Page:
Advertisement
Research Article

Does “Science” Make You Moral? The Effects of Priming Science on Moral Judgments and Behavior

  • Christine Ma-Kellams mail,

    christinema@fas.harvard.edu

    Affiliation: Department of Psychological and Brain Sciences, University of California Santa Barbara, Santa Barbara, California, United States of America

    X
  • Jim Blascovich

    Affiliation: Department of Psychological and Brain Sciences, University of California Santa Barbara, Santa Barbara, California, United States of America

    X
  • Published: March 06, 2013
  • DOI: 10.1371/journal.pone.0057989

Reader Comments (6)

Post a new comment on this article

Post-publication review

Posted by RolfZwaan on 27 Sep 2013 at 14:17 GMT

A post-publication review of this manuscript (plus corrections) can be found here: <a href="http://rolfzwaan.blogspot...">Link text</a>.

No competing interests declared.

RE: Post-publication review

christinema replied to RolfZwaan on 27 Sep 2013 at 16:50 GMT

Below are the responses to the points posted in the above blog:

1-2. I contend that the historical observation that the development of science was linked to the vision of a society of mutual benefit may itself not be the only or sufficient reason for a link between science and moral behavior. I offer it as one possibility. I also acknowledge that there are cases in history and popular culture where science has been used for evil. However, I am interested more in the more common and lay associations with science, and think that the “evil scientist” idea is more of an outlier than a norm.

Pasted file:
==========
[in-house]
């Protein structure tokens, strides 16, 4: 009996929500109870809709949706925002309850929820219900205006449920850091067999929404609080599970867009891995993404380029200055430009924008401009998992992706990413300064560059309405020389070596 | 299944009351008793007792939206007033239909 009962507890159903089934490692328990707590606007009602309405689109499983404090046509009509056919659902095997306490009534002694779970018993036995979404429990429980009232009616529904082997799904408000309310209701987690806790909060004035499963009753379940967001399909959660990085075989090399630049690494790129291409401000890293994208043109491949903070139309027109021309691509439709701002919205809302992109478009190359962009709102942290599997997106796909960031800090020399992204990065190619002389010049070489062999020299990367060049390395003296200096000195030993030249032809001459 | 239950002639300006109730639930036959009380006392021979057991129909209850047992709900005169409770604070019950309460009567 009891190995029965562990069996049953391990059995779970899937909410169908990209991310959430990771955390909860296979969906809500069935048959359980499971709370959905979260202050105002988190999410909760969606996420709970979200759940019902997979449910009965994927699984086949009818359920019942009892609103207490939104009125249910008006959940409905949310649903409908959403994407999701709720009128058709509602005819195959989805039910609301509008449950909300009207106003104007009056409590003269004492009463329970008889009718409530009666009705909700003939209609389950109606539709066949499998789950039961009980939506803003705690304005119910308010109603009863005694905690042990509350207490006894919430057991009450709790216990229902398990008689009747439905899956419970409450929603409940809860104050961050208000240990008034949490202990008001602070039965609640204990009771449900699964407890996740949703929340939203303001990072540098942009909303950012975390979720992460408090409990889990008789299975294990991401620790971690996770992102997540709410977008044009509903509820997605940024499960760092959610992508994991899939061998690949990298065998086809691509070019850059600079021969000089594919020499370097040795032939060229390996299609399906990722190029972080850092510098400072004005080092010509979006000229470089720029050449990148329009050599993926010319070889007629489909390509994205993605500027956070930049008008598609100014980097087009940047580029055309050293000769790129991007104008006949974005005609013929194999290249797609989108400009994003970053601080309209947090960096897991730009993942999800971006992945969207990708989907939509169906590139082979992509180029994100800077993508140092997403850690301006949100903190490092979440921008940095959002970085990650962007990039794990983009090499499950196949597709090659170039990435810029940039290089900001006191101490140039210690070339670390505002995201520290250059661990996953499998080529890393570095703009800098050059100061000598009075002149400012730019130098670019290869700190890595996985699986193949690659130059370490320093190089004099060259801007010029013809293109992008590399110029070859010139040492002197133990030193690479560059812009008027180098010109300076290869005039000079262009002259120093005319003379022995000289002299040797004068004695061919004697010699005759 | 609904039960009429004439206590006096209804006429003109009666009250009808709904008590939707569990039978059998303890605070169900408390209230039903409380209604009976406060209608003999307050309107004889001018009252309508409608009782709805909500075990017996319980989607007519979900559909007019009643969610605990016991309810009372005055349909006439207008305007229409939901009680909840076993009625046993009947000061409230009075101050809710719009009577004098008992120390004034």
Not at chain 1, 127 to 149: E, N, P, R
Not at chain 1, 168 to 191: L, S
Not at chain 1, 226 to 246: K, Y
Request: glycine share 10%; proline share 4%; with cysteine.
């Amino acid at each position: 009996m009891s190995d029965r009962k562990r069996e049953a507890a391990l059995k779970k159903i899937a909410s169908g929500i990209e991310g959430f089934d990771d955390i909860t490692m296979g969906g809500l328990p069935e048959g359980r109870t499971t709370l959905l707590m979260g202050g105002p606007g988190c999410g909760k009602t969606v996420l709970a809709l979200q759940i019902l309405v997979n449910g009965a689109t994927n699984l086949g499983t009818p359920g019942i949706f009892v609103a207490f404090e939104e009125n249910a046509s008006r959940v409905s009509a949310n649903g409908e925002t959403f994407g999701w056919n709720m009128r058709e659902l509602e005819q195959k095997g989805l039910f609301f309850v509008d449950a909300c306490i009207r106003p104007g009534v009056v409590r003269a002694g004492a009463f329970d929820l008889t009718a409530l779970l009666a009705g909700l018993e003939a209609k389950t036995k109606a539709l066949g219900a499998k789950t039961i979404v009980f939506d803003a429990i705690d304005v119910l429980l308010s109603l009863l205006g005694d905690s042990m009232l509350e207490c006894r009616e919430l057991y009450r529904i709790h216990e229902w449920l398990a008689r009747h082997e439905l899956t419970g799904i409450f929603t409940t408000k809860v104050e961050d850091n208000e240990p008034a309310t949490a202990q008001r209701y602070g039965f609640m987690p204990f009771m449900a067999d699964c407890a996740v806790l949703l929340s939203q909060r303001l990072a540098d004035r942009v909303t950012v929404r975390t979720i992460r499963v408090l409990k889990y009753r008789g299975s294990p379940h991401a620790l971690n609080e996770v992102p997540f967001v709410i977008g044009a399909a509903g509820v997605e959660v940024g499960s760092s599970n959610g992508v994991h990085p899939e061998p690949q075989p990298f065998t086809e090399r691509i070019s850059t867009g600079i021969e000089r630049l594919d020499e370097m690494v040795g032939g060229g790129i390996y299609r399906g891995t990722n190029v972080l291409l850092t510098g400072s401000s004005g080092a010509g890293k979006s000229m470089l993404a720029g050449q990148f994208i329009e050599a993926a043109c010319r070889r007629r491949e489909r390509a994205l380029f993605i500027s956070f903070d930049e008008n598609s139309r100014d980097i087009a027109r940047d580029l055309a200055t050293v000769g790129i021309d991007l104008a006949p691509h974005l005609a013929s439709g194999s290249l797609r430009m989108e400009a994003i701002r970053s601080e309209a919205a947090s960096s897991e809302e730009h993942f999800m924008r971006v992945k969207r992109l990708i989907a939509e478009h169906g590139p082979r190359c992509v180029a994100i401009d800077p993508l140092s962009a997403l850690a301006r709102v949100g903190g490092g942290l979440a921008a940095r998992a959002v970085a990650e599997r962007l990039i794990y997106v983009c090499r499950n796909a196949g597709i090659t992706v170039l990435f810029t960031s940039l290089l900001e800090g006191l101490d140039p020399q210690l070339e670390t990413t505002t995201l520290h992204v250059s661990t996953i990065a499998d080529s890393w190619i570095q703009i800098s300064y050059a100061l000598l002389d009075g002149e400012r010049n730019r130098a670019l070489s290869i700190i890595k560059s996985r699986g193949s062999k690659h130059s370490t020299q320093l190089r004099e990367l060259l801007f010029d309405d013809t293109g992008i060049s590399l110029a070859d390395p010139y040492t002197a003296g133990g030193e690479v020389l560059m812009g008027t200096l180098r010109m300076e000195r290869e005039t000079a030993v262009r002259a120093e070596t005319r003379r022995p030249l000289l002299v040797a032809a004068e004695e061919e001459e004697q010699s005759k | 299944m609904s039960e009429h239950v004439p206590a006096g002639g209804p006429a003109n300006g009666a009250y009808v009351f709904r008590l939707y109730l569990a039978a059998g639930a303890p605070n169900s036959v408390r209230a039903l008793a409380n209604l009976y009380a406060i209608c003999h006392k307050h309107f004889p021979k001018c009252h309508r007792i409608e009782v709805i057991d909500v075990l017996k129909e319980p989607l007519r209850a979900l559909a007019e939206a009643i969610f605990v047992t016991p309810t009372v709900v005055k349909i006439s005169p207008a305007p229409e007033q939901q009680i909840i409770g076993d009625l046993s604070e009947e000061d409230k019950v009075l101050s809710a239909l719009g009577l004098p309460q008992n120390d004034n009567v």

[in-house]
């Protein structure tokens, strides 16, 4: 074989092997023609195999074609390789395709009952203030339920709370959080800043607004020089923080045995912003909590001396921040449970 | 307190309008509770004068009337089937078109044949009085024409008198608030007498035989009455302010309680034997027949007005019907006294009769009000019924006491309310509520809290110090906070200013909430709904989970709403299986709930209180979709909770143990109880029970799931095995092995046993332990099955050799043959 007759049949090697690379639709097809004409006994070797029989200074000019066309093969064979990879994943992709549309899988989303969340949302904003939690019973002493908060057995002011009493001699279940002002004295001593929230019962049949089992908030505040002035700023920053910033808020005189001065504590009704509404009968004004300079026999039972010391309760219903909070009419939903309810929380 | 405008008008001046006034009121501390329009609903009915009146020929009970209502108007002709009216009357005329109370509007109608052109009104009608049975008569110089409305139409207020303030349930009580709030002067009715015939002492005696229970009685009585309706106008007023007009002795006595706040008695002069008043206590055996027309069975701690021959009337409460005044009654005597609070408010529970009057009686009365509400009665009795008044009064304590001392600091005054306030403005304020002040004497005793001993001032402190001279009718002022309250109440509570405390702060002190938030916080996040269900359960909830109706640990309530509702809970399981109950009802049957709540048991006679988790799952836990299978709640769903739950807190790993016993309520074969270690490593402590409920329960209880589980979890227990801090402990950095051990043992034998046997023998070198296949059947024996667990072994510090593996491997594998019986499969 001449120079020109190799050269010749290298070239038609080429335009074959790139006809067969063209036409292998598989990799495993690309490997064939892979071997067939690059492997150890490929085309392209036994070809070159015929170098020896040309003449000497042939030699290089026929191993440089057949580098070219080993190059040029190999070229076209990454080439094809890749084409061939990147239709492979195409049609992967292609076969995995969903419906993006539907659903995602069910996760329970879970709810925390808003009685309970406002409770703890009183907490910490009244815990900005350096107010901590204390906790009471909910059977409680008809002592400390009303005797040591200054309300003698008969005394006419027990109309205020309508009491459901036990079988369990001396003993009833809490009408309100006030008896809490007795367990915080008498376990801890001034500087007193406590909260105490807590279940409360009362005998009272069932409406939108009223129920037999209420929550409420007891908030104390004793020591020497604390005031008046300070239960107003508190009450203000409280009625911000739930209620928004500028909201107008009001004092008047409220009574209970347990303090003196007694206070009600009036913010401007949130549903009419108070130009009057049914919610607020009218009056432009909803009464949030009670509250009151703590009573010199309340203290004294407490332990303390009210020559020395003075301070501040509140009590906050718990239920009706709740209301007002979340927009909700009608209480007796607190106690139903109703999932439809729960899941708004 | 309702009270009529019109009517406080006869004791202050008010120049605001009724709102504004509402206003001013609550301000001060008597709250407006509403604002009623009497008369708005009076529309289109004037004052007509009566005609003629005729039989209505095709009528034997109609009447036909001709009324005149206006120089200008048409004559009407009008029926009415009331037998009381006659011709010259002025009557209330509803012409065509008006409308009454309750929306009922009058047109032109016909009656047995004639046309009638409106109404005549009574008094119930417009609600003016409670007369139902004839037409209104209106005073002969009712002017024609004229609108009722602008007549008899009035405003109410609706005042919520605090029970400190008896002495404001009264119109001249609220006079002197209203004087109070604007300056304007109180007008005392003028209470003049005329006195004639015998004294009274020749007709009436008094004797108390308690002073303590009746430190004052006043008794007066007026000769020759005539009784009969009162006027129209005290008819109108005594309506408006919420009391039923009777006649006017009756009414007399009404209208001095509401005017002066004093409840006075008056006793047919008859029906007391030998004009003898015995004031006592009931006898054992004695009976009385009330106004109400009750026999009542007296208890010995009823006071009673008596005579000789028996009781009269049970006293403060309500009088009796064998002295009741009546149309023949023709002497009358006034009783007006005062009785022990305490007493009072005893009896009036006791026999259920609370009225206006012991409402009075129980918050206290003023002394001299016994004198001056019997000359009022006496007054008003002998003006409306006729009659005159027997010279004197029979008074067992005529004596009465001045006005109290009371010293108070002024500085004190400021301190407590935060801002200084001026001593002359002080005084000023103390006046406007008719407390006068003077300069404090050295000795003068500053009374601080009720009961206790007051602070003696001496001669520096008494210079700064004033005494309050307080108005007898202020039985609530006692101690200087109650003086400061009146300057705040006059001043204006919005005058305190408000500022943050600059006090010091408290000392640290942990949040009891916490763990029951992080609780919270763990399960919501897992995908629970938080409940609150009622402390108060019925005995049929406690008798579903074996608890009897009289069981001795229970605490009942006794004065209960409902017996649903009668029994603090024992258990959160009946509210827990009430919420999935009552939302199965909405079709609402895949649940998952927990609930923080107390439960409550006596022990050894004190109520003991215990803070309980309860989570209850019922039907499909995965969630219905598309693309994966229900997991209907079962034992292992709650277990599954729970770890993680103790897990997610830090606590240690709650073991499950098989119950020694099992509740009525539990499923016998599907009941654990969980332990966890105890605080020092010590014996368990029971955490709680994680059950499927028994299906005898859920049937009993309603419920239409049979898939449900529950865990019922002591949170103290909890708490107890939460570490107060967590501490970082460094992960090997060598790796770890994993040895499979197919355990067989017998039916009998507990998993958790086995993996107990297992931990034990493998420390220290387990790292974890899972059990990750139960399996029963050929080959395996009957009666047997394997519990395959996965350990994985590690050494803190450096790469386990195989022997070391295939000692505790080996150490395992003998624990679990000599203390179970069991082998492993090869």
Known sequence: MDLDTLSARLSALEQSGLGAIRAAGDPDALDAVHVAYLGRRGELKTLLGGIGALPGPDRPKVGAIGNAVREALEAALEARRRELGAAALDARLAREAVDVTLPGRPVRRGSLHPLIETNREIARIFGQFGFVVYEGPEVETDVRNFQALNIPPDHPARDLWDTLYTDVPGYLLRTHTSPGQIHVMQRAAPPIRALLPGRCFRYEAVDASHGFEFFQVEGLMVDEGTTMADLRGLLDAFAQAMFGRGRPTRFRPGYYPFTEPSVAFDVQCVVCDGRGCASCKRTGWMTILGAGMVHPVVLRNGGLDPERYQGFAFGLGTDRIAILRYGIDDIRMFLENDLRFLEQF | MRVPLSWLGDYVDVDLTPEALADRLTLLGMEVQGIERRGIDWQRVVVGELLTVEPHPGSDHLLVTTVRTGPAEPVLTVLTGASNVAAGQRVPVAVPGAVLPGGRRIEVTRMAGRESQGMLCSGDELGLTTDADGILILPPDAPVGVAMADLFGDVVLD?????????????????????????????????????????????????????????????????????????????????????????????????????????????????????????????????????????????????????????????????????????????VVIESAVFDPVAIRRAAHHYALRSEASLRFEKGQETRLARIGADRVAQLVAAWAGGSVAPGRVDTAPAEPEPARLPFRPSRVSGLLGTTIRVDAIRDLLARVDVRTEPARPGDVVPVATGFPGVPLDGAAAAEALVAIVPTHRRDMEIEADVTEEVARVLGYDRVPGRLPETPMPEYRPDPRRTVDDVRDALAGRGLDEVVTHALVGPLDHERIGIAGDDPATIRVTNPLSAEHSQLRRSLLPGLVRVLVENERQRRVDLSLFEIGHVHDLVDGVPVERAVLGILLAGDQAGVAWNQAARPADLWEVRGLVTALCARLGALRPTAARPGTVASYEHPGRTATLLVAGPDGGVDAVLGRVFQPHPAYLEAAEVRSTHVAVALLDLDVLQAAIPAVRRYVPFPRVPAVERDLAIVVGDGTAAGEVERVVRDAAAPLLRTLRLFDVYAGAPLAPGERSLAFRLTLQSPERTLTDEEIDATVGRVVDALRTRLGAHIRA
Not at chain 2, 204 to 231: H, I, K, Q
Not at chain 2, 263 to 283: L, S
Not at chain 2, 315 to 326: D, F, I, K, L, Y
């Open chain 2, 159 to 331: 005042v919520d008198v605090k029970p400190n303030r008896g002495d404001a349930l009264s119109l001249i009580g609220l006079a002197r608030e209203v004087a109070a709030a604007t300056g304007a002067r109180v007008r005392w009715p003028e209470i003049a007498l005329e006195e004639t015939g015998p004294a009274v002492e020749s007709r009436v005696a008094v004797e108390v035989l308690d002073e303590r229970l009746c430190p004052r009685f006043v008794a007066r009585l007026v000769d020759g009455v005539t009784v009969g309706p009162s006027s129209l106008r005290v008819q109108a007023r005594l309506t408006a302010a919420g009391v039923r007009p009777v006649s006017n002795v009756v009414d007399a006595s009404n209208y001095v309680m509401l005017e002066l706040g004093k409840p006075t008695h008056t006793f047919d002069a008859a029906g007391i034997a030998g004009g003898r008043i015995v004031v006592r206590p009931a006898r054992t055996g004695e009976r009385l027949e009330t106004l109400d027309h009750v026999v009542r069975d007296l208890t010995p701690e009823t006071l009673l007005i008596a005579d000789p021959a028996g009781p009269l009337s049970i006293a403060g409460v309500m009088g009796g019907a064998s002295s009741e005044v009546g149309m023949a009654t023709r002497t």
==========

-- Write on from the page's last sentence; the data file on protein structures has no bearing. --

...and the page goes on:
3, 9. I have sent the date rape vignette, primes, and all other materials to anyone who has requested them, and am happy to continue to do so.
4. Different scales were used for the moral wrongness rating and the science rating because the date rape vignette and moral wrongness question were taken from an unpublished working paper by a colleague that relied on that scale. The science question was subsequently added, and since Likert scales are typically standard, I, by default, chose to use that.
5-6. Coding for field of study into science vs. non-science was based on whether the field relied primarily on empirical methods of experimentation and perceived lay conceptions of what is “science,” and hence why sociology and communication were categorized as non-science. Belief in science was included as an additional predictor to see if the relationship held when a non-coded variable was used.
7. Reviewers and editors did not request averages per field.
8. It may seem ironic that historians and philosophers who in the introduction were credited with having introduced the notion of science as moral force in society are now hypothesized to be less moral than others (after all, they were ranked among the non-scientists), and I do not have a clear explanation for this irony except to observe that the experiments here tapped lay theories (i.e., of science) and their associations; thus, one possibility is that the lay association with a mutually beneficial society may be stronger for science than for history or philosophy.